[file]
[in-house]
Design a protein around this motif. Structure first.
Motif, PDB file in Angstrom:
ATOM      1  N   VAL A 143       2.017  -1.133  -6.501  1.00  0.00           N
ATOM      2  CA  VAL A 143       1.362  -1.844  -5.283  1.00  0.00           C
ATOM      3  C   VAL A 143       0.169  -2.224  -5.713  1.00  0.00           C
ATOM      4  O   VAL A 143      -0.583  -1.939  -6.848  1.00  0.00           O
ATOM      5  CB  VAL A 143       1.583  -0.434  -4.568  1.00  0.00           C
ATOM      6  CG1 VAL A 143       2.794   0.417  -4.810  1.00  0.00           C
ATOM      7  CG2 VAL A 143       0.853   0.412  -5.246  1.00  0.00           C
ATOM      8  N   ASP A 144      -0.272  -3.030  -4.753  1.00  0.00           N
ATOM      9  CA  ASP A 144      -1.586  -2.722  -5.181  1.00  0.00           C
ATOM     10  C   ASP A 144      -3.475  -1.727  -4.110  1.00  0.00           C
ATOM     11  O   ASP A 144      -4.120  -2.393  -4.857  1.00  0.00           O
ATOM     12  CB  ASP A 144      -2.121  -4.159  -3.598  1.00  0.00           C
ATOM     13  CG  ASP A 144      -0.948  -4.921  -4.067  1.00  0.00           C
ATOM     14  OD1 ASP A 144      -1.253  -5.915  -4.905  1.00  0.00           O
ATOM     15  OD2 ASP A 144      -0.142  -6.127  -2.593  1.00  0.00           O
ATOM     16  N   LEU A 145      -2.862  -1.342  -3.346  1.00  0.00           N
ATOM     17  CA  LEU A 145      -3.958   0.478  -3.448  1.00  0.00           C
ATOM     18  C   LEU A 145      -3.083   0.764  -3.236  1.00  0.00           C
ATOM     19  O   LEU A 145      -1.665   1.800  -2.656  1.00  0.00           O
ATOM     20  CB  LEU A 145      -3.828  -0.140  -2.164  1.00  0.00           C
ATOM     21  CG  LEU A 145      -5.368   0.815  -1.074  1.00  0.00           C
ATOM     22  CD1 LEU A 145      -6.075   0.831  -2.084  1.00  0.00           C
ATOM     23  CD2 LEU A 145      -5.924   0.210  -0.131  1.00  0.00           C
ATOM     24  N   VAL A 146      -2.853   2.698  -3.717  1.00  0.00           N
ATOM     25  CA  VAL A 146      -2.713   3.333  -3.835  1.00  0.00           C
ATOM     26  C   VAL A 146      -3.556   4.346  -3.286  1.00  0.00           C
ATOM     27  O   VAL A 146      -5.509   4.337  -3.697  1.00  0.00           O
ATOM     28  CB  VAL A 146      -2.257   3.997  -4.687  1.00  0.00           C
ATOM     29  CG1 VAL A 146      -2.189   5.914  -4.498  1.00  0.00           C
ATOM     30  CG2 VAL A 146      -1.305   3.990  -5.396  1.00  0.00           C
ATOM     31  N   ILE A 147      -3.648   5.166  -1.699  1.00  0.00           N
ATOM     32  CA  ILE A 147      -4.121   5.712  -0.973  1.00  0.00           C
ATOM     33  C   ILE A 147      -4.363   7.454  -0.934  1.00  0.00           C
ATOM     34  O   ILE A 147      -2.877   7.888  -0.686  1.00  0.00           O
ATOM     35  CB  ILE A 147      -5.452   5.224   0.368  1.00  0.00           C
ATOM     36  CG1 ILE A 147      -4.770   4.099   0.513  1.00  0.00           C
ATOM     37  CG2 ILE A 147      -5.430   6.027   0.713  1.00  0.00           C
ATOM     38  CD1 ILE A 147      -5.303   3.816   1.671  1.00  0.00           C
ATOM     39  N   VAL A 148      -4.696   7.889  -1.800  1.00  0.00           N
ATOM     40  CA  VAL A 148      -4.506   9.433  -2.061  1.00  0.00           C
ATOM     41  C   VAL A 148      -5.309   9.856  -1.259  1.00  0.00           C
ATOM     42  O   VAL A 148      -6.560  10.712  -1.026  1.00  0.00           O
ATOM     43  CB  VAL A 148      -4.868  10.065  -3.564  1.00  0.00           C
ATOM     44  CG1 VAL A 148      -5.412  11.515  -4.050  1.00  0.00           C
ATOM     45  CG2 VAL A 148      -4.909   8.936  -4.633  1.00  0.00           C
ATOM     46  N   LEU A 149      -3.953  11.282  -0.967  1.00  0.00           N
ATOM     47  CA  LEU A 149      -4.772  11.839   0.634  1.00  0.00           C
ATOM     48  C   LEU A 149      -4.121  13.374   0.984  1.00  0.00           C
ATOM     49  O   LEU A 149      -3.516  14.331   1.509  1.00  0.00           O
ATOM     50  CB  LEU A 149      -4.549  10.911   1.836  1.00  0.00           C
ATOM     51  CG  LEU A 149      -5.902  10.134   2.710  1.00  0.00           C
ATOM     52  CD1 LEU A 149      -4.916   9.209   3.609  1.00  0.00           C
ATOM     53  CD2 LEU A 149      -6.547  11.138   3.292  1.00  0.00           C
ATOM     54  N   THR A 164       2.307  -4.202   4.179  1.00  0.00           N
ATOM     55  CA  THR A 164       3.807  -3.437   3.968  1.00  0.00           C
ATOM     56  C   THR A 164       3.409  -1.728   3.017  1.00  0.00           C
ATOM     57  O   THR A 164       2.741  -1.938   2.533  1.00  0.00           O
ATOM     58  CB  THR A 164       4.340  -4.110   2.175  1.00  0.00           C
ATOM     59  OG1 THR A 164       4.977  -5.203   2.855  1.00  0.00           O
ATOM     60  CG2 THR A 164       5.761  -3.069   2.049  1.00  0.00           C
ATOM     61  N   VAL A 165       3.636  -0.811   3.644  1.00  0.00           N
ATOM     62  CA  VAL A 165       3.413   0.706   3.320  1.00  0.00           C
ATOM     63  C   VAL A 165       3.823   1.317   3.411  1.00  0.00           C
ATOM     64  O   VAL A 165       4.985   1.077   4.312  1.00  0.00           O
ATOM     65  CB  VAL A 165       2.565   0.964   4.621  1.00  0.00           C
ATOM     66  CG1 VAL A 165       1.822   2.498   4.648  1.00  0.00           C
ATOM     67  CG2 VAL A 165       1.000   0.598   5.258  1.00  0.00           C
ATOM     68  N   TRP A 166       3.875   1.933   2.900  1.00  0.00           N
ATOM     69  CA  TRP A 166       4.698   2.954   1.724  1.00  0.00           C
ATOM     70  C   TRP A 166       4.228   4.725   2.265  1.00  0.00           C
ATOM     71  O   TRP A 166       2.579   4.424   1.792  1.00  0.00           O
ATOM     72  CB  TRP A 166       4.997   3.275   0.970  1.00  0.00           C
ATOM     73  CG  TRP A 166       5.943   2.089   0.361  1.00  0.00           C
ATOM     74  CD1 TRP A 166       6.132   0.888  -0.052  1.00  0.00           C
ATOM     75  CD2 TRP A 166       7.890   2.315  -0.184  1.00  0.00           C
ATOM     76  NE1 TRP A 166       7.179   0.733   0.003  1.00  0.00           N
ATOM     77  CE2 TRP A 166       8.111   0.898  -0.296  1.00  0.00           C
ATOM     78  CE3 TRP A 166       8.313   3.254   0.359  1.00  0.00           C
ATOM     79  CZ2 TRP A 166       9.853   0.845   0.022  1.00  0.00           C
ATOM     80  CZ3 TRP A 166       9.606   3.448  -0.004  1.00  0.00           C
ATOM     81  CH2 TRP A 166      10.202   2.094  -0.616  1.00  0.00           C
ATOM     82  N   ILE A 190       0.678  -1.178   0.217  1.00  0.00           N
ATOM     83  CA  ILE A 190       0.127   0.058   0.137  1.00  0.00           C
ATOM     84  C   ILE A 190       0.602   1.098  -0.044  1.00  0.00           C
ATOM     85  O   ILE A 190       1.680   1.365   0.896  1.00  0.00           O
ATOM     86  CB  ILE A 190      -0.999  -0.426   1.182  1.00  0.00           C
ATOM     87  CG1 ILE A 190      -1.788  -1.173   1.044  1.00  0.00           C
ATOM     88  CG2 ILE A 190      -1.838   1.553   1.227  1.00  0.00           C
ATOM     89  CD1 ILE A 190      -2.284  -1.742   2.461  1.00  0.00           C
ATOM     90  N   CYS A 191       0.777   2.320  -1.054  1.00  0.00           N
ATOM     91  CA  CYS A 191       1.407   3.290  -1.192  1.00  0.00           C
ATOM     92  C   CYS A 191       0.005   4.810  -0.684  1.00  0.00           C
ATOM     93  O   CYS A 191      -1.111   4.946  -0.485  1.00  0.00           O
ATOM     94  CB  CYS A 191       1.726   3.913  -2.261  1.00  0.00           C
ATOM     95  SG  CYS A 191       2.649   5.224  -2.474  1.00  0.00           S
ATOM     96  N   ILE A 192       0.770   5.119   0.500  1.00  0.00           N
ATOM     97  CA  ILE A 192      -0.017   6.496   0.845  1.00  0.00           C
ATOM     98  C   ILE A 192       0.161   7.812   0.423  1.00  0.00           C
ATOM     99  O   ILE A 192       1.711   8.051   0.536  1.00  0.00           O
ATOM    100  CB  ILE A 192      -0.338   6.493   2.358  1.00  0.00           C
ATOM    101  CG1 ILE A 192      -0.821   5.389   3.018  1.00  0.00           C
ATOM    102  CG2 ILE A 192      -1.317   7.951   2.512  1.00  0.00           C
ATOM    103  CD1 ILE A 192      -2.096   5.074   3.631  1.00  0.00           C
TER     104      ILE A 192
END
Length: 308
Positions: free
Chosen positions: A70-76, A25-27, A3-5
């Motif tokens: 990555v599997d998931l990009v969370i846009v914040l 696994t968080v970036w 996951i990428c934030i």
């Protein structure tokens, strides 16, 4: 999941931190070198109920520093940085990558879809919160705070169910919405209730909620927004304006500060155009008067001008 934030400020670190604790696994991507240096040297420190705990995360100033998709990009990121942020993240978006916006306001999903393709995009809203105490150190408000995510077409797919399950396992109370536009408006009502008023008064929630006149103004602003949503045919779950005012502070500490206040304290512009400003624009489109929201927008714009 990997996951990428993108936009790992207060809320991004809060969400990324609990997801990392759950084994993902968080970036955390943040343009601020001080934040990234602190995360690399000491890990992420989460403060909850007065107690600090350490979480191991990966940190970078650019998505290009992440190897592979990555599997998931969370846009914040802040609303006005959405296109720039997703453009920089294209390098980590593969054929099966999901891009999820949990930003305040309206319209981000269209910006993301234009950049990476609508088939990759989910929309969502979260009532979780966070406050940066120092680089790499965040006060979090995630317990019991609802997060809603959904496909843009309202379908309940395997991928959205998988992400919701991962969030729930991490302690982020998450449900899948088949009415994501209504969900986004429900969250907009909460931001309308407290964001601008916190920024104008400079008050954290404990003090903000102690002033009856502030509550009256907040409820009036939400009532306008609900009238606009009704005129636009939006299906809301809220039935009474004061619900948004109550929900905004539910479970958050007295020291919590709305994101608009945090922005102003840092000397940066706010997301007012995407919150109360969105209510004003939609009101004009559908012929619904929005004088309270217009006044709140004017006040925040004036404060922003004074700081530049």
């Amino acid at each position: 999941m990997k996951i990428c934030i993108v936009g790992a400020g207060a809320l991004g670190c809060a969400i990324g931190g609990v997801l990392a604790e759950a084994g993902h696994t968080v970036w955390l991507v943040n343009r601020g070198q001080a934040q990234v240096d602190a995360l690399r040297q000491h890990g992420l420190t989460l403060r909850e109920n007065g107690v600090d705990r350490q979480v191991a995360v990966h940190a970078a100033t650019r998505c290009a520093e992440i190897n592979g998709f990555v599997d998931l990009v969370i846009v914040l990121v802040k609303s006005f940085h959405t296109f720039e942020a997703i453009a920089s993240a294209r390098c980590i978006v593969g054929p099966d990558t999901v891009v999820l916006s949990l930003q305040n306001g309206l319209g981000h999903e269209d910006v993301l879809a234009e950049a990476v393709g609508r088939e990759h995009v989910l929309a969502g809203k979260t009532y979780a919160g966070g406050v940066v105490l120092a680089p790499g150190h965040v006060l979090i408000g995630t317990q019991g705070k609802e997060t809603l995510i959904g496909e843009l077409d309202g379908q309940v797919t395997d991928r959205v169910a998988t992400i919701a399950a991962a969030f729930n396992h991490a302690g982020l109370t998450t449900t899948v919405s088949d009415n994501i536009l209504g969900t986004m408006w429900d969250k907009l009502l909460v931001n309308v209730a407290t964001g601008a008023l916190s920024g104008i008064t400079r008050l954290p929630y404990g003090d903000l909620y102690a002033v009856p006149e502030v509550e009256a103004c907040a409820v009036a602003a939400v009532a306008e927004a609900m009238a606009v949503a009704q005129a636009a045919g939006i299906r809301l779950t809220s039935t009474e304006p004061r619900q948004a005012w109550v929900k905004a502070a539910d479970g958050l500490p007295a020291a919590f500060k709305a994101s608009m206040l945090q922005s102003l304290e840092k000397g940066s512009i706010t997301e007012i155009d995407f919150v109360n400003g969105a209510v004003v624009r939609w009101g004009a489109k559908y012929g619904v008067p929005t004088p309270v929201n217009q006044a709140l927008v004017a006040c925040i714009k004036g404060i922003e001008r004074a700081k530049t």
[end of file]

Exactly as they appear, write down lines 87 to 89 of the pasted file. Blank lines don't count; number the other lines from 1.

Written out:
ATOM     84  C   ILE A 190       0.602   1.098  -0.044  1.00  0.00           C
ATOM     85  O   ILE A 190       1.680   1.365   0.896  1.00  0.00           O
ATOM     86  CB  ILE A 190      -0.999  -0.426   1.182  1.00  0.00           C